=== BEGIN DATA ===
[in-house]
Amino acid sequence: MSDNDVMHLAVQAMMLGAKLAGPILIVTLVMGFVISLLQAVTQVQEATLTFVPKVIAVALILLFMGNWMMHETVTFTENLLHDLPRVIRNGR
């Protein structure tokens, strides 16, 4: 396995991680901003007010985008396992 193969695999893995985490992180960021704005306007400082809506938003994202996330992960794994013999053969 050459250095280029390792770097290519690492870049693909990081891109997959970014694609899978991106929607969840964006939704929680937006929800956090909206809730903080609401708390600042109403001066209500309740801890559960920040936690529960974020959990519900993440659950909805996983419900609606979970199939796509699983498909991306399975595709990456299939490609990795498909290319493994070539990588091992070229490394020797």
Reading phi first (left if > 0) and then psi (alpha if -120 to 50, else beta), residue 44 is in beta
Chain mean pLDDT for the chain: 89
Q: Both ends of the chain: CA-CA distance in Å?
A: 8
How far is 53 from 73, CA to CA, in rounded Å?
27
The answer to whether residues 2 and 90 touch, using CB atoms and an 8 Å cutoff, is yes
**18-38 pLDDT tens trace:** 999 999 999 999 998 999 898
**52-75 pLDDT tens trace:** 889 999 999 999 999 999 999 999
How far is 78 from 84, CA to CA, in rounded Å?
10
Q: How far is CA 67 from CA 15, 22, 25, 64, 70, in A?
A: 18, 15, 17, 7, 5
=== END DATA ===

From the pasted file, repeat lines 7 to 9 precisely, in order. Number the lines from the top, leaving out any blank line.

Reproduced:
A: 8
How far is 53 from 73, CA to CA, in rounded Å?
27